This tale of John Snow, a researcher who sought the cause of a massive and lethal outbreak of what would ultimately be known as Cholera, in 1850s England, does a fine job of illustrating life and the habits that led to the outbreak, as well as the fear and helplessness of people who lived whilst the scourge was underway. Snow's dogged efforts to locate the origins and "map" the outbreak, as well as his frustrations with public officials, who were slow to move away from erroneous, but more accepted, ideas about the source of cholera, have shaped public health policies for growing cities since. He also helped devise early anesthesia at a time when surgeons worked without it. Given a 4 (4.5 really) for the story because the conclusion gets a bit long. Still, this work is very interesting and we all owe much to Mr. Snow, especially when we sip a refreshing glass of water from the tap.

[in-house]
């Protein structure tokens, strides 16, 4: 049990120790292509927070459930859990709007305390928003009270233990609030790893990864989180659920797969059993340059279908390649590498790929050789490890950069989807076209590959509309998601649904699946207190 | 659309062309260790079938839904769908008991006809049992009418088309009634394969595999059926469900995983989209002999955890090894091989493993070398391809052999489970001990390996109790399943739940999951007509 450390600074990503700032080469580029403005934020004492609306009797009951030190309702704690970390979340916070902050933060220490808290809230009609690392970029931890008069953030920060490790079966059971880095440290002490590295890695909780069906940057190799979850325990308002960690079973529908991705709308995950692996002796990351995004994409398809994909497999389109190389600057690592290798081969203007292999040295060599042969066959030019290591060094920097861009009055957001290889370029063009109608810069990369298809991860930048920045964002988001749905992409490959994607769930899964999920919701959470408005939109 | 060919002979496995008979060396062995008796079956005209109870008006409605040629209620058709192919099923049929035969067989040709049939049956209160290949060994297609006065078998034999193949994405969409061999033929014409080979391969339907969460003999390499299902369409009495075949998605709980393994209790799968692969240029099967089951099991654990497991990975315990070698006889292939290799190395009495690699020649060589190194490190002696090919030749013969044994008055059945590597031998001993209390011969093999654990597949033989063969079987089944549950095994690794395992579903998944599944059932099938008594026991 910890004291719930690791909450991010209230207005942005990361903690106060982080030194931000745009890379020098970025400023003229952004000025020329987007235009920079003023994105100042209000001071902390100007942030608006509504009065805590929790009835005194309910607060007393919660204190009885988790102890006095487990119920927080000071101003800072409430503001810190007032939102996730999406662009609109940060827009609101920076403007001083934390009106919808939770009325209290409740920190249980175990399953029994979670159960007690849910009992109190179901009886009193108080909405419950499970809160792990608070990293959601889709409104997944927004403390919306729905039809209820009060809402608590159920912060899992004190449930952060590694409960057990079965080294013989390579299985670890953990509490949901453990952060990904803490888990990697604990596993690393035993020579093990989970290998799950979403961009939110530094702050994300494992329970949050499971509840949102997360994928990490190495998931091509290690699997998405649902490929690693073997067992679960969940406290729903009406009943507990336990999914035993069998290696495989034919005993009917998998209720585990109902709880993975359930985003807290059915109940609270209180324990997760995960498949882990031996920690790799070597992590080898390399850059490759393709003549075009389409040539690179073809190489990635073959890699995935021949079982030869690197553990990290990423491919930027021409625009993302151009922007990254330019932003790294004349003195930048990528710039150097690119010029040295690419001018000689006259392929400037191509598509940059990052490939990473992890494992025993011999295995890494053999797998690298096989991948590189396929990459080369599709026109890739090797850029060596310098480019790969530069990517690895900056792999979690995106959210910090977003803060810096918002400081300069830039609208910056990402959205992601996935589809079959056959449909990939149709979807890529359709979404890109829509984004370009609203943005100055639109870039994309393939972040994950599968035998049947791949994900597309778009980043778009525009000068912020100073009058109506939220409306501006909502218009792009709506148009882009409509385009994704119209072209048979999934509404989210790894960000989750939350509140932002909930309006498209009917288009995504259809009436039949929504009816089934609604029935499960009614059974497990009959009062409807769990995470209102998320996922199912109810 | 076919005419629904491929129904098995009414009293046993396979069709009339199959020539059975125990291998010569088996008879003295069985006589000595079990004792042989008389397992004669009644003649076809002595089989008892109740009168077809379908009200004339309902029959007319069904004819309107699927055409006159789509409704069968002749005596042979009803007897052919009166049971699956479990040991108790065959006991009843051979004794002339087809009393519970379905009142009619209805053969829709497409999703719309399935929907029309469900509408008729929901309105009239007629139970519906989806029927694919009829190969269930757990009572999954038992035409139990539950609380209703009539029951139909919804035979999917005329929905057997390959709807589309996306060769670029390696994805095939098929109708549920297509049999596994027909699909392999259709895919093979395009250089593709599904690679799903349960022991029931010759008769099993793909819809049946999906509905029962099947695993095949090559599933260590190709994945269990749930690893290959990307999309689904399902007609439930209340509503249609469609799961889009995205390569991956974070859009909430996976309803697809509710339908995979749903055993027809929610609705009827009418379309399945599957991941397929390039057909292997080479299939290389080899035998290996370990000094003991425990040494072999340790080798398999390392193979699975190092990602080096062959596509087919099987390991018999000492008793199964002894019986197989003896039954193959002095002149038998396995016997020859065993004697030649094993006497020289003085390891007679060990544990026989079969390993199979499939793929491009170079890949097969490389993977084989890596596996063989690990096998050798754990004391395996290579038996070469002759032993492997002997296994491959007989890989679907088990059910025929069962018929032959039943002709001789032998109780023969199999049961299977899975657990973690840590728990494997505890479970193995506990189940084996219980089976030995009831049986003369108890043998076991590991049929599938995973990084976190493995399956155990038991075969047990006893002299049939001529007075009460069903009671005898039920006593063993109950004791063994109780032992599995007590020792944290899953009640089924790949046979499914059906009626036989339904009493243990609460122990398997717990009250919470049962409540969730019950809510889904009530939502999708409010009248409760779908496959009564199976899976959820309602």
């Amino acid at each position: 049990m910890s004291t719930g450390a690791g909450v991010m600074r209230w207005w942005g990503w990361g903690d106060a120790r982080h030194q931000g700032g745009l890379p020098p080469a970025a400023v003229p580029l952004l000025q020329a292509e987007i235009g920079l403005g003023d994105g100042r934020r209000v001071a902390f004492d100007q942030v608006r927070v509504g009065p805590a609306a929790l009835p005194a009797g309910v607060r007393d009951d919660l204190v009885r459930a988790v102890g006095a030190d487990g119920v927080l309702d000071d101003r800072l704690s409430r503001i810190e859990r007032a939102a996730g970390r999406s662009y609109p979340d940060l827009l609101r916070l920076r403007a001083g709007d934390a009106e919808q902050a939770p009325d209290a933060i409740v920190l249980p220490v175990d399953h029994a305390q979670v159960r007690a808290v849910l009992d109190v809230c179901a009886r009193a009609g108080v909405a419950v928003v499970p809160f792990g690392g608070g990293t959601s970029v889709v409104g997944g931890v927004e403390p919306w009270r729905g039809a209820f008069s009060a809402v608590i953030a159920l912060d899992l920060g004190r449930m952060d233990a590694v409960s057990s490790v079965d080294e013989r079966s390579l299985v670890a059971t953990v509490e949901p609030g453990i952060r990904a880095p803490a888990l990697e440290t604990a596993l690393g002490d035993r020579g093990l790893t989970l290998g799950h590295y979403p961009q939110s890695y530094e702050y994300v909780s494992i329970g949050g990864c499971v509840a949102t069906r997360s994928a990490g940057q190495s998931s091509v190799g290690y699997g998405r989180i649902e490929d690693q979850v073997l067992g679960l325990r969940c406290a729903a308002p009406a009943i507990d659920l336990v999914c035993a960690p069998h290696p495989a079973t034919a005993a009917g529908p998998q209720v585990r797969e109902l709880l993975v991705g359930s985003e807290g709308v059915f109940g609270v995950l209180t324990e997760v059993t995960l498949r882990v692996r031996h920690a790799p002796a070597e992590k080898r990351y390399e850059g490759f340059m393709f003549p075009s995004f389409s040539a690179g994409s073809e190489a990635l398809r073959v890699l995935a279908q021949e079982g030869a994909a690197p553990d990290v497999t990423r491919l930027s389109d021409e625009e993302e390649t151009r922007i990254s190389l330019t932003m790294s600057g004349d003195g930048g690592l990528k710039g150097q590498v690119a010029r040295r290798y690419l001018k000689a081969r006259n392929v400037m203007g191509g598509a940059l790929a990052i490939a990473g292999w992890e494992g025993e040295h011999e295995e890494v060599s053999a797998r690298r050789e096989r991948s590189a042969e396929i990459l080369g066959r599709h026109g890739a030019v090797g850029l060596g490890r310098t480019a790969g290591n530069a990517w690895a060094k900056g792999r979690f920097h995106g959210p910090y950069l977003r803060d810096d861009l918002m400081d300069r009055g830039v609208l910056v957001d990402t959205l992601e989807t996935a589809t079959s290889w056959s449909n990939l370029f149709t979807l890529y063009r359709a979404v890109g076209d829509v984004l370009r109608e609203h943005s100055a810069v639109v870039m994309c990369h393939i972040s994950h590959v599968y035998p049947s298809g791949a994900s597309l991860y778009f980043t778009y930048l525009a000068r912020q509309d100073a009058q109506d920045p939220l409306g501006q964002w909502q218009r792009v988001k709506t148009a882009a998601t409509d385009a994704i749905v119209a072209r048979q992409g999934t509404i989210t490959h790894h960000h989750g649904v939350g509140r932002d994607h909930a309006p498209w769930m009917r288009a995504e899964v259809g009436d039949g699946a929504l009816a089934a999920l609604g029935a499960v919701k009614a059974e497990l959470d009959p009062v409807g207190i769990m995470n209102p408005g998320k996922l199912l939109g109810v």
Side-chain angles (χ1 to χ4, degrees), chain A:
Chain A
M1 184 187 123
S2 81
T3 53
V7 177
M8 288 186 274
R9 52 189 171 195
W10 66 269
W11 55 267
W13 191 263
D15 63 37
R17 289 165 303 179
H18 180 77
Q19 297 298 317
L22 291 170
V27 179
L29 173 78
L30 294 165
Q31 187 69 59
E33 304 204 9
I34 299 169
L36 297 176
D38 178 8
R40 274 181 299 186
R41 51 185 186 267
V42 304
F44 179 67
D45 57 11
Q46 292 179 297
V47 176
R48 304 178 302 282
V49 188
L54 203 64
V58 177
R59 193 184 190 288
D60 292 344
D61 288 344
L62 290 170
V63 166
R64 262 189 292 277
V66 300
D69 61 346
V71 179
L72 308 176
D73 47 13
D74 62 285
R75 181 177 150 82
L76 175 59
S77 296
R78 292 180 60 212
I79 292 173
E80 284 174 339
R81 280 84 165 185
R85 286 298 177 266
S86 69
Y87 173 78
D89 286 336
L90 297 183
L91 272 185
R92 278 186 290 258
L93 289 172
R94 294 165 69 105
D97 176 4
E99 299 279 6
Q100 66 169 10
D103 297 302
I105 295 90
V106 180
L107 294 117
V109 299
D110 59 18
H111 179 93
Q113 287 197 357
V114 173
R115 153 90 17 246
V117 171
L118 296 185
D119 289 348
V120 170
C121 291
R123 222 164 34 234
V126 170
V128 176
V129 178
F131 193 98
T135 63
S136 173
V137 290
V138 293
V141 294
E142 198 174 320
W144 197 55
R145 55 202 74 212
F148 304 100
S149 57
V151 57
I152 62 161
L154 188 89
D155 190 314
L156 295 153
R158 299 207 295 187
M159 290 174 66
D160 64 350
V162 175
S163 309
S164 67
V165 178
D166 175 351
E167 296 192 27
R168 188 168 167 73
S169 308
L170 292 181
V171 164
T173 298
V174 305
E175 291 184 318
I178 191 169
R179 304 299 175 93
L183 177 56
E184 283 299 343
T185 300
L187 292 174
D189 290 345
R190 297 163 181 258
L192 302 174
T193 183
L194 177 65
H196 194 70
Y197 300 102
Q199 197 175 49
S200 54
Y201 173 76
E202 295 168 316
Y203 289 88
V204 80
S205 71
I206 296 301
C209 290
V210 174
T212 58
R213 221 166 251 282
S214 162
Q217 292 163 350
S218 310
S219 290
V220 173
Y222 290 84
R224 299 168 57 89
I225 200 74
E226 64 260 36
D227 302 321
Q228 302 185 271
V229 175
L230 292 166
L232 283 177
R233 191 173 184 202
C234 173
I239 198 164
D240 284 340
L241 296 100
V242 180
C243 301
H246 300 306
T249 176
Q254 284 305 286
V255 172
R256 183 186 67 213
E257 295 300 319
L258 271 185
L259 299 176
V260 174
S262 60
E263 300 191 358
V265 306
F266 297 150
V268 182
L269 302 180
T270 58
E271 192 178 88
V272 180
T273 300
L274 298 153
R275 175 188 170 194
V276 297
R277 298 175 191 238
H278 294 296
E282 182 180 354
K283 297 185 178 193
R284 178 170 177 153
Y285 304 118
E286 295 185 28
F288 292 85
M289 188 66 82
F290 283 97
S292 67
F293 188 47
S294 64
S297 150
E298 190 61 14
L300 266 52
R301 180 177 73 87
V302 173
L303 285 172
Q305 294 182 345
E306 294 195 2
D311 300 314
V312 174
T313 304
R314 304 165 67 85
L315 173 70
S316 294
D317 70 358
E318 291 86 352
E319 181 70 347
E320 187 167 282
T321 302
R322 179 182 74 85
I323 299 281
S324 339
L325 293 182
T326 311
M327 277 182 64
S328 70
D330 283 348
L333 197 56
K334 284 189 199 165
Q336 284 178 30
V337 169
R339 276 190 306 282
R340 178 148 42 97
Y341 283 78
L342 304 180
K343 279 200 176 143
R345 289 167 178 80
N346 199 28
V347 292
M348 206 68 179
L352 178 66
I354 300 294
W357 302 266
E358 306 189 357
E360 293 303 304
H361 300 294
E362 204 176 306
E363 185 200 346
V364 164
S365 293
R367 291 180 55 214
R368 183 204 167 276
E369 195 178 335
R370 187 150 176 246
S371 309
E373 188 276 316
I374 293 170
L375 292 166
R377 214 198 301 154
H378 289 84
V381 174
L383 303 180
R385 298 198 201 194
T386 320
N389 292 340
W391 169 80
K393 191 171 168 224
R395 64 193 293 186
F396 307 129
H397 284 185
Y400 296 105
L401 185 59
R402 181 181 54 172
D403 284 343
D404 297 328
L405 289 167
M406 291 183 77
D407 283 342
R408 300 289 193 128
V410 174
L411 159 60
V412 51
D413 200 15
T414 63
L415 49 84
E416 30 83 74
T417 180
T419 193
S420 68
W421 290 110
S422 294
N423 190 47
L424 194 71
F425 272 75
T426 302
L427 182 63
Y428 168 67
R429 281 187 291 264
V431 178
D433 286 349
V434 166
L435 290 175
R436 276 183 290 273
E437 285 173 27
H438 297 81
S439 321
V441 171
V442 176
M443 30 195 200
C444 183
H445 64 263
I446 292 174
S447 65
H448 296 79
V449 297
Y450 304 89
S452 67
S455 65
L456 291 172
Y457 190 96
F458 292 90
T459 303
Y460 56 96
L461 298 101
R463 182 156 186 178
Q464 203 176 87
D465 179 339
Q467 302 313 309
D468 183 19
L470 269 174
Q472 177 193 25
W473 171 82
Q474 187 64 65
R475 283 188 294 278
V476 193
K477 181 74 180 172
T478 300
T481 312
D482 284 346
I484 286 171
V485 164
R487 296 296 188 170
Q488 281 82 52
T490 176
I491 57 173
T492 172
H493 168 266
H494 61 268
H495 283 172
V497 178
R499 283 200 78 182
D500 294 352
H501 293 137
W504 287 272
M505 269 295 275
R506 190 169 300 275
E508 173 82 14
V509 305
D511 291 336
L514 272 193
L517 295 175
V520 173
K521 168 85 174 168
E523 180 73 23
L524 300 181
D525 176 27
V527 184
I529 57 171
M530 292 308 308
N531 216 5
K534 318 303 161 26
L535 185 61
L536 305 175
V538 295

I loved that Mr. Snow's work was validated by other scientists. It also was pretty amazing to see someone focus so fully on stopping this disease.
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